The iaedp Symposium 2012 Offers Thought-provoking Review on Mental Health Parity
Attorney Lisa Kantor to discuss her landmark case, Harlick v. Blue Shield, and more
PEKIN, Ill., Feb. 6, 2012 /PRNewswire/ -- One of the most crucial issues today among those who suffer critically from eating disorders and other mental health conditions is insurance coverage for residential treatment. California lawyer Lisa Kantor , who in August 2011 won the landmark eating disorder case Harlick v. Blue Shield, will share her experiences and opinions during a Symposium 2012 preconference session called "Mental Health Parity: What Does It Really Mean?" on March 21, 2012 in Charleston, South Carolina. This special session, held at the Charleston Marriott, is available to Symposium 2012 attendees as well as to the public. The cost for the 3-hour session is $95. (Register www.iaedp.com.)
Kantor's devotion to justice for people with disabilities and chronic disease landed her at the Ninth U.S. Circuit Court of Appeals, creating one of the most influential health insurance decisions of our time. Kantor, who is one of the few lawyers in the country forcing insurers to comply with mental health parity legislation, will discuss the impact of the Harlick v. Blue Shield decision on the availability of insurance coverage for those seeking treatment for eating disorders, both in California and the country, and the role of the Federal Mental Health Parity Act.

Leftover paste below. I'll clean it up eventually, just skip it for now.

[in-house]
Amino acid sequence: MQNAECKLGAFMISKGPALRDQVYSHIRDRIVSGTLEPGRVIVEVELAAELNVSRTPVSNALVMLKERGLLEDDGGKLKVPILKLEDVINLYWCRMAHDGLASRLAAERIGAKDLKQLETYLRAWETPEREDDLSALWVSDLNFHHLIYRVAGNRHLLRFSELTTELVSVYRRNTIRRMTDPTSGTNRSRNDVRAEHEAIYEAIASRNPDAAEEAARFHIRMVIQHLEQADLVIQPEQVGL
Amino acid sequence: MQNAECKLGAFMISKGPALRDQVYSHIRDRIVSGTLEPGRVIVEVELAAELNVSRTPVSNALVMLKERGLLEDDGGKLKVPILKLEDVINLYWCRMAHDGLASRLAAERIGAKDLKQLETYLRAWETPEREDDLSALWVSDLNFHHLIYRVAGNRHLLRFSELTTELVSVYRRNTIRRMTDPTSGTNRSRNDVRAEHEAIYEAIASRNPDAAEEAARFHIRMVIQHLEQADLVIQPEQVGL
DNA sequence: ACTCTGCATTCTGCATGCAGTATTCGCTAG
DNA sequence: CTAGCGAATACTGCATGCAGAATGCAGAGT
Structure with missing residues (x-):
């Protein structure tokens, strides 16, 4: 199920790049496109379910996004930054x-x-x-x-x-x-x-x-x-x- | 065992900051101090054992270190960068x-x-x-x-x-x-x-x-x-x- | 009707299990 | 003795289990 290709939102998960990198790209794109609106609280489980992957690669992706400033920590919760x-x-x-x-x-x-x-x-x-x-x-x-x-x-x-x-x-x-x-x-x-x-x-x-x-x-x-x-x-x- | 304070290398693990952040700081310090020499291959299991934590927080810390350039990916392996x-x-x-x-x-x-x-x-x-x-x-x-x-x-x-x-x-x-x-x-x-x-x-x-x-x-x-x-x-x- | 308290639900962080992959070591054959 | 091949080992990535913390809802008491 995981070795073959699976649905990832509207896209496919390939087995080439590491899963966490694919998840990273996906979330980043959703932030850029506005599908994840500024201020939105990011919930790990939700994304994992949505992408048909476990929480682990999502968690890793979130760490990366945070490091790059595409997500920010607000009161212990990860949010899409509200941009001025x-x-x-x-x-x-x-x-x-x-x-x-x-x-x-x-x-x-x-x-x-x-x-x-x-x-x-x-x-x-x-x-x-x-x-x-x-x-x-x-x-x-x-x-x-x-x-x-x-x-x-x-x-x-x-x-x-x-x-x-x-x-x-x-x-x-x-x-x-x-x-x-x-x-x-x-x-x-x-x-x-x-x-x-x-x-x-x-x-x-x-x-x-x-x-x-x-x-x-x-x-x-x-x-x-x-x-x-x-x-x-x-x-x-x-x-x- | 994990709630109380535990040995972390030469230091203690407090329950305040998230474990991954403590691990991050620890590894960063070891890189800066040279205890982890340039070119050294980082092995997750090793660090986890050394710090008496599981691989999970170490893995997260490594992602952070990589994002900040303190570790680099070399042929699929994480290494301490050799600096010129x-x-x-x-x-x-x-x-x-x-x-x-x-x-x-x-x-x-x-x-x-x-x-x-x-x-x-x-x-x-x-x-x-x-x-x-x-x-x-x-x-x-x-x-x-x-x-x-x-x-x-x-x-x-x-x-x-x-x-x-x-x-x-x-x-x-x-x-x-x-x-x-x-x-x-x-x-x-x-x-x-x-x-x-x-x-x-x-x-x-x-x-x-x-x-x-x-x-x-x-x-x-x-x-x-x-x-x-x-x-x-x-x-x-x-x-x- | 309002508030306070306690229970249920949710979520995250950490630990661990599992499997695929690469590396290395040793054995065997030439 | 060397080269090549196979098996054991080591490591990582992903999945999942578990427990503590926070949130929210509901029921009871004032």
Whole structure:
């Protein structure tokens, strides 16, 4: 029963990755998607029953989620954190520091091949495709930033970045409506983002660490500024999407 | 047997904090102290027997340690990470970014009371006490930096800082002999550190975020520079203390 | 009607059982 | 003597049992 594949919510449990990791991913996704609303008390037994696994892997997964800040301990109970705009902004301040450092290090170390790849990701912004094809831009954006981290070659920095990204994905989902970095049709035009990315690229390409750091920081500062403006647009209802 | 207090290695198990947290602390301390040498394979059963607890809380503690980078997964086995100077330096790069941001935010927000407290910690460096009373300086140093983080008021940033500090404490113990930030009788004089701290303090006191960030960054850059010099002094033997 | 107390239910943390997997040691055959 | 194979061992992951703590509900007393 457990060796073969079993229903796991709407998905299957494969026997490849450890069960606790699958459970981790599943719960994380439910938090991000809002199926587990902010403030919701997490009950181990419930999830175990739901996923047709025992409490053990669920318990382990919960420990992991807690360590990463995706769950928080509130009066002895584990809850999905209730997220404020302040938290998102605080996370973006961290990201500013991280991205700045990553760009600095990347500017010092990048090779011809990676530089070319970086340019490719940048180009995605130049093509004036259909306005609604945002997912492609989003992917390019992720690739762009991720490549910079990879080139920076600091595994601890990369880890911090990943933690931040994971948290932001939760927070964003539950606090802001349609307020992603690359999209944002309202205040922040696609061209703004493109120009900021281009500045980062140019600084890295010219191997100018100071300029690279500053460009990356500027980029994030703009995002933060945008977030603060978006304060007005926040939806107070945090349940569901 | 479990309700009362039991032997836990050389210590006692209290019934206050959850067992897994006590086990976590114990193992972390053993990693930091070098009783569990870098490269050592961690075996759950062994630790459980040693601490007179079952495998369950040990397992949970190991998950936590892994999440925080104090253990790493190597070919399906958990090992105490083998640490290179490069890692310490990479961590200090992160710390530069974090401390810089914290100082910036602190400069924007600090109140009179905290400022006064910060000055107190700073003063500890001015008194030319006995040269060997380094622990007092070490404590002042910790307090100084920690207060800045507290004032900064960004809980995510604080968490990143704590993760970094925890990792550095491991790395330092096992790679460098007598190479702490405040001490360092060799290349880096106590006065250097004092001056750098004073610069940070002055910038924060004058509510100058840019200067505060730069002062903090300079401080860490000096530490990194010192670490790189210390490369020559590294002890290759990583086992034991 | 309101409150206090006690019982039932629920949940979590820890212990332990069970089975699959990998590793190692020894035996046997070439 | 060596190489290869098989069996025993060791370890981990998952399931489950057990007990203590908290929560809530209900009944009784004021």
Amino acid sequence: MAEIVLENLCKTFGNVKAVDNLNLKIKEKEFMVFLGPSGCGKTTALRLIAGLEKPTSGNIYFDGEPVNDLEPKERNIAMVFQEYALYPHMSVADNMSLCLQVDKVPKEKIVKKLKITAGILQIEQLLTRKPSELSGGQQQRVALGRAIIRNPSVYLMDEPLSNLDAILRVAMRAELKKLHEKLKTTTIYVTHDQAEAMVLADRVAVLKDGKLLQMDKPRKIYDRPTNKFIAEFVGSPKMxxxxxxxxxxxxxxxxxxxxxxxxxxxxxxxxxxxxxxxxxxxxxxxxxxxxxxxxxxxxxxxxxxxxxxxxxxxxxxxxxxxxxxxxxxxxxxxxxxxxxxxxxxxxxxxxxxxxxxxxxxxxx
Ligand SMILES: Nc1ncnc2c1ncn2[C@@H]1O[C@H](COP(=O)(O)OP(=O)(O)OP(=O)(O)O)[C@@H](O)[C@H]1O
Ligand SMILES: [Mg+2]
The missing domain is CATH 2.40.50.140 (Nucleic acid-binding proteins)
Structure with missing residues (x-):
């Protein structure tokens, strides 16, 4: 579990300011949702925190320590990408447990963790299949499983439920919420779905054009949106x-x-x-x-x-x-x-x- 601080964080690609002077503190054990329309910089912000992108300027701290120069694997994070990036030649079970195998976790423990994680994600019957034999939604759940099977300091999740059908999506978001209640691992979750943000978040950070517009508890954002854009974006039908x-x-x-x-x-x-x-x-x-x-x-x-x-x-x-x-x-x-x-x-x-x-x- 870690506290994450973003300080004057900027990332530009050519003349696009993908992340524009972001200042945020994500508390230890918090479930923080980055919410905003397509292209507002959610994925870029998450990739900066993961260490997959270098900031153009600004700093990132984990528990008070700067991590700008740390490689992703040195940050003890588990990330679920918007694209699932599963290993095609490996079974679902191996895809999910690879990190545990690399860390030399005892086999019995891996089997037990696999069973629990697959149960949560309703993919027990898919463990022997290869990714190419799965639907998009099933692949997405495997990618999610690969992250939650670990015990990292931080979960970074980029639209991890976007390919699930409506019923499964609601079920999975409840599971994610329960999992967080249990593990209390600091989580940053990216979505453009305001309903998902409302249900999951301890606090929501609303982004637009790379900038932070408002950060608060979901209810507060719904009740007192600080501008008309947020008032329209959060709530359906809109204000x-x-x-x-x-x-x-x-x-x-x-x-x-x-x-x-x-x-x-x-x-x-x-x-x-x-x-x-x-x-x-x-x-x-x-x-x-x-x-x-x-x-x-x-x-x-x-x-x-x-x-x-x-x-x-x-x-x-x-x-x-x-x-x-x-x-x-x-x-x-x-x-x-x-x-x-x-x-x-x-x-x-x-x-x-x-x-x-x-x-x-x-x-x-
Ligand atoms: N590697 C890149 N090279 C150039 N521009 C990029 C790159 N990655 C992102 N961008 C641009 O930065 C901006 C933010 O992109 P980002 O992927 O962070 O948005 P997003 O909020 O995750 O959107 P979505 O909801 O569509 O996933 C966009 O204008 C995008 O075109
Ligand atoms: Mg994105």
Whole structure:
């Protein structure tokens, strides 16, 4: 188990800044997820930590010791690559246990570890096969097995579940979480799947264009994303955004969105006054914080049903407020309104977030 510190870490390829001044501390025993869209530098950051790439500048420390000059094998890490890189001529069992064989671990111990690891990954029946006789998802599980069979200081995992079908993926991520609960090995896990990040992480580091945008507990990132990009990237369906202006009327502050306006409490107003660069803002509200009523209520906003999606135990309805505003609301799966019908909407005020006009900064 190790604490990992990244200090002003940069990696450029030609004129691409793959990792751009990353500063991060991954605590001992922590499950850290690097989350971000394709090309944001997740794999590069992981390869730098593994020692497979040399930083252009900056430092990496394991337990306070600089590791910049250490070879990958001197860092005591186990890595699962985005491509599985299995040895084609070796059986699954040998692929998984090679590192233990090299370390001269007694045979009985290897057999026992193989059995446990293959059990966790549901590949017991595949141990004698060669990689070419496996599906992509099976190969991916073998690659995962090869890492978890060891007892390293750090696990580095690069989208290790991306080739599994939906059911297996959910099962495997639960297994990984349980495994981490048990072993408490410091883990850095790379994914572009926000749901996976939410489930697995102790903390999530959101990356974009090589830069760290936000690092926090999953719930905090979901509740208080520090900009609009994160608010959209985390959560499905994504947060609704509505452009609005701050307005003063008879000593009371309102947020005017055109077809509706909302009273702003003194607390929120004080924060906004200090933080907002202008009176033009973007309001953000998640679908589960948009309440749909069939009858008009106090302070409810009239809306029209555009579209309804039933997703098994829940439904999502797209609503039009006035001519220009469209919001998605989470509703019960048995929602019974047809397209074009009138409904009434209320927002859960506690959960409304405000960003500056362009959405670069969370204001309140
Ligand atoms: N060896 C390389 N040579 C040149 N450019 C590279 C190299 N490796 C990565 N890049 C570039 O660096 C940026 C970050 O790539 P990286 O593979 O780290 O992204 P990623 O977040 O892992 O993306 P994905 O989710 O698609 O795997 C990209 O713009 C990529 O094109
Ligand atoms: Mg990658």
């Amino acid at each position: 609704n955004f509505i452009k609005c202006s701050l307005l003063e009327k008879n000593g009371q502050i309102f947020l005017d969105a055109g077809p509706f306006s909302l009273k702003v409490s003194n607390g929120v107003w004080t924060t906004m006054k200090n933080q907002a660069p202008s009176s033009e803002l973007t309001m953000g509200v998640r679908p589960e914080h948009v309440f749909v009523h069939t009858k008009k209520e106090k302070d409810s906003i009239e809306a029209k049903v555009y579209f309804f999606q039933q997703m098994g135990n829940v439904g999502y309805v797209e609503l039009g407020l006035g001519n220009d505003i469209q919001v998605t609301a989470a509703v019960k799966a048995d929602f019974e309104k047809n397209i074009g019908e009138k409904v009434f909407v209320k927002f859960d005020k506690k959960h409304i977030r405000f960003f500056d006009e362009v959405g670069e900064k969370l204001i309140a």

On August 26, 2011, the Ninth Circuit issued the landmark decision in Harlick v. Blue Shield, holding that the California Mental Health Parity statute requires insurance plans to cover all medically necessary treatment for eating disorders. In January, Kantor won Burton v. Blue Shield of California, requiring Blue Shield to pay for residential treatment of the plaintiff suffering from depressive disorder and panic disorder. "The Burton court is the first district court to cite Harlick as precedent," said Ms. Kantor, a founding partner in the Los Angeles law firm Kantor & Kantor LLP. "The court's decisive approach in the Burton case, requiring residential treatment even though the policy expressly excluded coverage, is a clear indication of how district courts in California and hopefully around the country, will decide eating disorder cases against insurers."
Lisa Kantor has practiced law for over thirty years, recently becoming the country's premier advocate for patients with eating disorders who have been denied benefits by their health insurance carrier.
To register for Symposium 2012, visit www.iaedp.com.
Contact: Susie Lomelino / Sarah Drew
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